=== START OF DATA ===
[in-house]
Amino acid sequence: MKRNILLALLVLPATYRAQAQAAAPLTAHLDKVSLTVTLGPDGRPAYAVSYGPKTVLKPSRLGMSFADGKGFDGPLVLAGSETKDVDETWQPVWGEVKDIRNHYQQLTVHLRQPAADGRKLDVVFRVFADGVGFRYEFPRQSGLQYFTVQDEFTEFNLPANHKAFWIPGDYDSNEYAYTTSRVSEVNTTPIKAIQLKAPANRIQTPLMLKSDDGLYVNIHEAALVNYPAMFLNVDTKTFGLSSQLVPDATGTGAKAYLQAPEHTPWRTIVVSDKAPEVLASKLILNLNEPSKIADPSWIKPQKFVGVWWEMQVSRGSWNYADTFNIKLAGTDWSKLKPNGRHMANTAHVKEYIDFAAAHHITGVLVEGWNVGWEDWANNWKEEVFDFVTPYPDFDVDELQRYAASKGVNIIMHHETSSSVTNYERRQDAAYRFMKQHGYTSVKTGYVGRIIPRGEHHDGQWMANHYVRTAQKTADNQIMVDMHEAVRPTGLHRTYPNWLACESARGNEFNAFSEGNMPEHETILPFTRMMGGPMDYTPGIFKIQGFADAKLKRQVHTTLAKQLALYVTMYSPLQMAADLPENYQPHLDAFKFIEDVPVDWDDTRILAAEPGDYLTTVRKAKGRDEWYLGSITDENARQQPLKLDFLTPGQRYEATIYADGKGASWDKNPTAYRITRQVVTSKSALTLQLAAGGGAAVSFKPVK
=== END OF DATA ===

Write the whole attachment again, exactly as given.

[in-house]
Amino acid sequence: MKRNILLALLVLPATYRAQAQAAAPLTAHLDKVSLTVTLGPDGRPAYAVSYGPKTVLKPSRLGMSFADGKGFDGPLVLAGSETKDVDETWQPVWGEVKDIRNHYQQLTVHLRQPAADGRKLDVVFRVFADGVGFRYEFPRQSGLQYFTVQDEFTEFNLPANHKAFWIPGDYDSNEYAYTTSRVSEVNTTPIKAIQLKAPANRIQTPLMLKSDDGLYVNIHEAALVNYPAMFLNVDTKTFGLSSQLVPDATGTGAKAYLQAPEHTPWRTIVVSDKAPEVLASKLILNLNEPSKIADPSWIKPQKFVGVWWEMQVSRGSWNYADTFNIKLAGTDWSKLKPNGRHMANTAHVKEYIDFAAAHHITGVLVEGWNVGWEDWANNWKEEVFDFVTPYPDFDVDELQRYAASKGVNIIMHHETSSSVTNYERRQDAAYRFMKQHGYTSVKTGYVGRIIPRGEHHDGQWMANHYVRTAQKTADNQIMVDMHEAVRPTGLHRTYPNWLACESARGNEFNAFSEGNMPEHETILPFTRMMGGPMDYTPGIFKIQGFADAKLKRQVHTTLAKQLALYVTMYSPLQMAADLPENYQPHLDAFKFIEDVPVDWDDTRILAAEPGDYLTTVRKAKGRDEWYLGSITDENARQQPLKLDFLTPGQRYEATIYADGKGASWDKNPTAYRITRQVVTSKSALTLQLAAGGGAAVSFKPVK